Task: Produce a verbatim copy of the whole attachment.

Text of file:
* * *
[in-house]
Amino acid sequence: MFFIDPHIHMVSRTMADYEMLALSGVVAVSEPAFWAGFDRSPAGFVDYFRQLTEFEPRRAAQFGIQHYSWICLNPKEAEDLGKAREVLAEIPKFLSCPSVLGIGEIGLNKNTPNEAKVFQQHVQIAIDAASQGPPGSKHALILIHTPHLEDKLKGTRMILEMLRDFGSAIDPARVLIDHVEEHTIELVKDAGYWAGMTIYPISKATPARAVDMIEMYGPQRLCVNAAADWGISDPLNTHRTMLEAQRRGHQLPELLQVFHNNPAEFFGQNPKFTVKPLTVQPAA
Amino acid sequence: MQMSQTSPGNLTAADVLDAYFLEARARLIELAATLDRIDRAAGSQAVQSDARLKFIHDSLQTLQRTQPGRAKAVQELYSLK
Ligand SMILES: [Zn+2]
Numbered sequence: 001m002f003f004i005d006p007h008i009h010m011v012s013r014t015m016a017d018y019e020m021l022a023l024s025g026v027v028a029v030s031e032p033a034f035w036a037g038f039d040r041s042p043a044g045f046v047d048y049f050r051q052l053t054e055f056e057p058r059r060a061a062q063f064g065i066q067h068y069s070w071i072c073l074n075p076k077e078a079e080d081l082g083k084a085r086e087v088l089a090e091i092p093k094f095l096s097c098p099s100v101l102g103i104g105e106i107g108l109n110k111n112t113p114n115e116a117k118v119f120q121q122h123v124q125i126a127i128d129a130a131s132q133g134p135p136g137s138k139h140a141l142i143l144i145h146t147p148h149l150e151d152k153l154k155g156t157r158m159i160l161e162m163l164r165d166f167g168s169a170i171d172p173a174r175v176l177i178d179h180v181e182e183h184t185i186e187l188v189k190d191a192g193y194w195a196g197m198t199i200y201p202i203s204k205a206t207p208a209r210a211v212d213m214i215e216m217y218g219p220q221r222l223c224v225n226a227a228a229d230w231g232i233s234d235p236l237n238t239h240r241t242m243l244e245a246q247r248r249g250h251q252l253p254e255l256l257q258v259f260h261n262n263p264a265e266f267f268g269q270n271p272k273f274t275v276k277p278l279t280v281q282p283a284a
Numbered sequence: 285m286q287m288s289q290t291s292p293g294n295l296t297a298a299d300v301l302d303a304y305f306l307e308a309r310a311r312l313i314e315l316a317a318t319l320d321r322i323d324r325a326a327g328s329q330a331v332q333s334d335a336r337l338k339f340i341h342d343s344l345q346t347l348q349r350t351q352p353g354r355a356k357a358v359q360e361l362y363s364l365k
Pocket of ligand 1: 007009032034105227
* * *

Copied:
[in-house]
Amino acid sequence: MFFIDPHIHMVSRTMADYEMLALSGVVAVSEPAFWAGFDRSPAGFVDYFRQLTEFEPRRAAQFGIQHYSWICLNPKEAEDLGKAREVLAEIPKFLSCPSVLGIGEIGLNKNTPNEAKVFQQHVQIAIDAASQGPPGSKHALILIHTPHLEDKLKGTRMILEMLRDFGSAIDPARVLIDHVEEHTIELVKDAGYWAGMTIYPISKATPARAVDMIEMYGPQRLCVNAAADWGISDPLNTHRTMLEAQRRGHQLPELLQVFHNNPAEFFGQNPKFTVKPLTVQPAA
Amino acid sequence: MQMSQTSPGNLTAADVLDAYFLEARARLIELAATLDRIDRAAGSQAVQSDARLKFIHDSLQTLQRTQPGRAKAVQELYSLK
Ligand SMILES: [Zn+2]
Numbered sequence: 001m002f003f004i005d006p007h008i009h010m011v012s013r014t015m016a017d018y019e020m021l022a023l024s025g026v027v028a029v030s031e032p033a034f035w036a037g038f039d040r041s042p043a044g045f046v047d048y049f050r051q052l053t054e055f056e057p058r059r060a061a062q063f064g065i066q067h068y069s070w071i072c073l074n075p076k077e078a079e080d081l082g083k084a085r086e087v088l089a090e091i092p093k094f095l096s097c098p099s100v101l102g103i104g105e106i107g108l109n110k111n112t113p114n115e116a117k118v119f120q121q122h123v124q125i126a127i128d129a130a131s132q133g134p135p136g137s138k139h140a141l142i143l144i145h146t147p148h149l150e151d152k153l154k155g156t157r158m159i160l161e162m163l164r165d166f167g168s169a170i171d172p173a174r175v176l177i178d179h180v181e182e183h184t185i186e187l188v189k190d191a192g193y194w195a196g197m198t199i200y201p202i203s204k205a206t207p208a209r210a211v212d213m214i215e216m217y218g219p220q221r222l223c224v225n226a227a228a229d230w231g232i233s234d235p236l237n238t239h240r241t242m243l244e245a246q247r248r249g250h251q252l253p254e255l256l257q258v259f260h261n262n263p264a265e266f267f268g269q270n271p272k273f274t275v276k277p278l279t280v281q282p283a284a
Numbered sequence: 285m286q287m288s289q290t291s292p293g294n295l296t297a298a299d300v301l302d303a304y305f306l307e308a309r310a311r312l313i314e315l316a317a318t319l320d321r322i323d324r325a326a327g328s329q330a331v332q333s334d335a336r337l338k339f340i341h342d343s344l345q346t347l348q349r350t351q352p353g354r355a356k357a358v359q360e361l362y363s364l365k
Pocket of ligand 1: 007009032034105227